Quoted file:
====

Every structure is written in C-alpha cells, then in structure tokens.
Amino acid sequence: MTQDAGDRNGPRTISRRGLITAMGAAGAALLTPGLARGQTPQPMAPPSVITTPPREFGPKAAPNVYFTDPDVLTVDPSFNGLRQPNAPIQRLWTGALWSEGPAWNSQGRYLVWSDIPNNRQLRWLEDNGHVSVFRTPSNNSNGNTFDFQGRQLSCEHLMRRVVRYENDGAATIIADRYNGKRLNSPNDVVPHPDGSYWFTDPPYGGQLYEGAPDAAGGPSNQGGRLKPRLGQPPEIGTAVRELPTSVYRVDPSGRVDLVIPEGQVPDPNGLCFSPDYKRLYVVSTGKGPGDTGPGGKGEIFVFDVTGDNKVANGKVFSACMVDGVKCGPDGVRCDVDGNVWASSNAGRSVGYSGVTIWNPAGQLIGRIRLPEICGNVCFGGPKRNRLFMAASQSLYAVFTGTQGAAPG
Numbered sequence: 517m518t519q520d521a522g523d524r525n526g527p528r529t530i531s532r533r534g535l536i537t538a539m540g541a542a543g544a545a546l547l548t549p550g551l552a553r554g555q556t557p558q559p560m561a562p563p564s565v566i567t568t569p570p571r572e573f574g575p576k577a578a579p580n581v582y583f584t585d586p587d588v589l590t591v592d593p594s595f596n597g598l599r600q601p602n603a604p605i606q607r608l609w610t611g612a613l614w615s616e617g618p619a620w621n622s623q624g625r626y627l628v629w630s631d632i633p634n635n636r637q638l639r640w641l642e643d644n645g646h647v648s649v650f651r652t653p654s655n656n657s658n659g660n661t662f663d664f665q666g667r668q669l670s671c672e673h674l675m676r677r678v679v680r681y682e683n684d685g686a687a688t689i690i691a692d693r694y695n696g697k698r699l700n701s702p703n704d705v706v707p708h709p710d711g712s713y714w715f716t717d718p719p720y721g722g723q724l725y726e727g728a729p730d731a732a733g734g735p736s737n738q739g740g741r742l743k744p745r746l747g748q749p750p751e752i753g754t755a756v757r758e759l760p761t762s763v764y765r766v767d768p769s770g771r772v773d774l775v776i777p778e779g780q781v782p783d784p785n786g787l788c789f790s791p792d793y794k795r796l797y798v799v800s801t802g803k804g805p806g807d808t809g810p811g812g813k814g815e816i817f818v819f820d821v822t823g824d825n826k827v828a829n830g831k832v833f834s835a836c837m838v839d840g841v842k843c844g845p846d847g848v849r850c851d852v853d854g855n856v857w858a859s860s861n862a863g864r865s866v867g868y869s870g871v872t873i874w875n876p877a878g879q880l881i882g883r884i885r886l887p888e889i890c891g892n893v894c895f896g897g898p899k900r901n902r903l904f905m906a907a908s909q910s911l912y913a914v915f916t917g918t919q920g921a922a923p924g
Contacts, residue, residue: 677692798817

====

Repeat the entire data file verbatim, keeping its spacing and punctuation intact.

Every structure is written in C-alpha cells, then in structure tokens.
Amino acid sequence: MTQDAGDRNGPRTISRRGLITAMGAAGAALLTPGLARGQTPQPMAPPSVITTPPREFGPKAAPNVYFTDPDVLTVDPSFNGLRQPNAPIQRLWTGALWSEGPAWNSQGRYLVWSDIPNNRQLRWLEDNGHVSVFRTPSNNSNGNTFDFQGRQLSCEHLMRRVVRYENDGAATIIADRYNGKRLNSPNDVVPHPDGSYWFTDPPYGGQLYEGAPDAAGGPSNQGGRLKPRLGQPPEIGTAVRELPTSVYRVDPSGRVDLVIPEGQVPDPNGLCFSPDYKRLYVVSTGKGPGDTGPGGKGEIFVFDVTGDNKVANGKVFSACMVDGVKCGPDGVRCDVDGNVWASSNAGRSVGYSGVTIWNPAGQLIGRIRLPEICGNVCFGGPKRNRLFMAASQSLYAVFTGTQGAAPG
Numbered sequence: 517m518t519q520d521a522g523d524r525n526g527p528r529t530i531s532r533r534g535l536i537t538a539m540g541a542a543g544a545a546l547l548t549p550g551l552a553r554g555q556t557p558q559p560m561a562p563p564s565v566i567t568t569p570p571r572e573f574g575p576k577a578a579p580n581v582y583f584t585d586p587d588v589l590t591v592d593p594s595f596n597g598l599r600q601p602n603a604p605i606q607r608l609w610t611g612a613l614w615s616e617g618p619a620w621n622s623q624g625r626y627l628v629w630s631d632i633p634n635n636r637q638l639r640w641l642e643d644n645g646h647v648s649v650f651r652t653p654s655n656n657s658n659g660n661t662f663d664f665q666g667r668q669l670s671c672e673h674l675m676r677r678v679v680r681y682e683n684d685g686a687a688t689i690i691a692d693r694y695n696g697k698r699l700n701s702p703n704d705v706v707p708h709p710d711g712s713y714w715f716t717d718p719p720y721g722g723q724l725y726e727g728a729p730d731a732a733g734g735p736s737n738q739g740g741r742l743k744p745r746l747g748q749p750p751e752i753g754t755a756v757r758e759l760p761t762s763v764y765r766v767d768p769s770g771r772v773d774l775v776i777p778e779g780q781v782p783d784p785n786g787l788c789f790s791p792d793y794k795r796l797y798v799v800s801t802g803k804g805p806g807d808t809g810p811g812g813k814g815e816i817f818v819f820d821v822t823g824d825n826k827v828a829n830g831k832v833f834s835a836c837m838v839d840g841v842k843c844g845p846d847g848v849r850c851d852v853d854g855n856v857w858a859s860s861n862a863g864r865s866v867g868y869s870g871v872t873i874w875n876p877a878g879q880l881i882g883r884i885r886l887p888e889i890c891g892n893v894c895f896g897g898p899k900r901n902r903l904f905m906a907a908s909q910s911l912y913a914v915f916t917g918t919q920g921a922a923p924g
Contacts, residue, residue: 677692798817